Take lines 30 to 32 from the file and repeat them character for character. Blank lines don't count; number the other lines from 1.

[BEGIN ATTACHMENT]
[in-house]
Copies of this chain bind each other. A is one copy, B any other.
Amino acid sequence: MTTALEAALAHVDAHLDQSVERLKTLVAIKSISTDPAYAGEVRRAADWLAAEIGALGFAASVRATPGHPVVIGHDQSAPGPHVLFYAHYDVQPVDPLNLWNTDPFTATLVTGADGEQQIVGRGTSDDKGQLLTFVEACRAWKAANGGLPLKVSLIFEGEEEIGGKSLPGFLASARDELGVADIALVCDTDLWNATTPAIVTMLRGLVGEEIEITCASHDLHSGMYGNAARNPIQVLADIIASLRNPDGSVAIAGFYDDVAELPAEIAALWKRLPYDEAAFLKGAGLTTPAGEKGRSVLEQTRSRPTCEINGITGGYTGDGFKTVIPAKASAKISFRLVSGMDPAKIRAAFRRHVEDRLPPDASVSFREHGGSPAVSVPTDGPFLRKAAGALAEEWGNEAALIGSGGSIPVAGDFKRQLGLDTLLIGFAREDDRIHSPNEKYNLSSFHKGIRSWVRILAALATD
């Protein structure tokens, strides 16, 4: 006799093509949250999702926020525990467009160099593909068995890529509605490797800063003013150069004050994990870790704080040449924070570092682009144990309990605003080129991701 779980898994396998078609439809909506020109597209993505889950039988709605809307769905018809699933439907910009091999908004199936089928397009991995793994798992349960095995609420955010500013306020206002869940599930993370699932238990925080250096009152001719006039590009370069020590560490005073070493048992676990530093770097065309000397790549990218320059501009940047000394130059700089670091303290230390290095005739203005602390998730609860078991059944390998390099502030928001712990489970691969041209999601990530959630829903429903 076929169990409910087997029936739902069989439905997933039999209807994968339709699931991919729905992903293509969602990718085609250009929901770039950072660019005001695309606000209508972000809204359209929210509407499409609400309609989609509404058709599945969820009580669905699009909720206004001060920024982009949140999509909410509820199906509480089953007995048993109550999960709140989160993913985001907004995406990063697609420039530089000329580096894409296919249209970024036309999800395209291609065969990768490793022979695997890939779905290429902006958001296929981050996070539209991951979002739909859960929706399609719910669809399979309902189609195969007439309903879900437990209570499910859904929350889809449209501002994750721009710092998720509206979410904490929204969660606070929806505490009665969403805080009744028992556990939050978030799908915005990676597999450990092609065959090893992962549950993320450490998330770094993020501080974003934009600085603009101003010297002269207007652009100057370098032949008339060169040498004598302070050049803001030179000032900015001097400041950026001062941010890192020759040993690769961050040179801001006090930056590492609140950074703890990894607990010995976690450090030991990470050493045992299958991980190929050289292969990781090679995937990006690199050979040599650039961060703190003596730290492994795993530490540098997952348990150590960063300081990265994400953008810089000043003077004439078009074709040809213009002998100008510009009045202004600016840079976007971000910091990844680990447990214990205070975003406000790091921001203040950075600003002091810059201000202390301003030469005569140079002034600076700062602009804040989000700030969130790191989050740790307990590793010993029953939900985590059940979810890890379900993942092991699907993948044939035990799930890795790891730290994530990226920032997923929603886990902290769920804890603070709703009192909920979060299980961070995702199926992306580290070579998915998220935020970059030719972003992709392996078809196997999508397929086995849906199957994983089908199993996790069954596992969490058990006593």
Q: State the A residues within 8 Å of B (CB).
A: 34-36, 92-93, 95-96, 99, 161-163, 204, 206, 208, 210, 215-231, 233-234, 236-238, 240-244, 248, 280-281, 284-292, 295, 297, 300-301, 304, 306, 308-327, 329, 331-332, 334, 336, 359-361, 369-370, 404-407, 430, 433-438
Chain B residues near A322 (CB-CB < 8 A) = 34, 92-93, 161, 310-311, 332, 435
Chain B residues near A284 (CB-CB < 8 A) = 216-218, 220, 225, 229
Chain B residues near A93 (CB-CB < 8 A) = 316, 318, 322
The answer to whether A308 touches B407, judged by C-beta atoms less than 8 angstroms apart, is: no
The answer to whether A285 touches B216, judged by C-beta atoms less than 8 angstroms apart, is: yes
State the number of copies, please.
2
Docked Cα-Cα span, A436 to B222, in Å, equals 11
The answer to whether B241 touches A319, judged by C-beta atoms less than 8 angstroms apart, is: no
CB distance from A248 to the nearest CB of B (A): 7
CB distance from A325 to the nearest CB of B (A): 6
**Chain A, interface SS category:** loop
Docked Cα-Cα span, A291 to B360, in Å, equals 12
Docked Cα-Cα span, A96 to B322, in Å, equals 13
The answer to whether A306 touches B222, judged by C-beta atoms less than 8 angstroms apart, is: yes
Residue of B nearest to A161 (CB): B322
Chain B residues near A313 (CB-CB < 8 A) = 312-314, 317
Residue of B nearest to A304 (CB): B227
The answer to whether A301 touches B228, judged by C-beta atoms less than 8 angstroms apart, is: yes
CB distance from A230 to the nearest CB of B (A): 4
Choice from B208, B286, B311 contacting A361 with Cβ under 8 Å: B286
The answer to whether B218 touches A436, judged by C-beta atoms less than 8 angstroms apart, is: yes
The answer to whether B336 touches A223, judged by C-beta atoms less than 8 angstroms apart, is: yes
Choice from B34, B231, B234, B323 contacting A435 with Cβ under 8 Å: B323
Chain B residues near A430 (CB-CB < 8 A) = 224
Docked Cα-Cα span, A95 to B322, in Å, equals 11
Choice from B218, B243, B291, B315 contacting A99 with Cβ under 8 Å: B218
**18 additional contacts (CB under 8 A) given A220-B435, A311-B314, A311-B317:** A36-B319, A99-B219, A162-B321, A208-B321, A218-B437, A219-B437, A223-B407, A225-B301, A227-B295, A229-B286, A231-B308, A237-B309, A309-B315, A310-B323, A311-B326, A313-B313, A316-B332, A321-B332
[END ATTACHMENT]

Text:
Choice from B34, B231, B234, B323 contacting A435 with Cβ under 8 Å: B323
Chain B residues near A430 (CB-CB < 8 A) = 224
Docked Cα-Cα span, A95 to B322, in Å, equals 11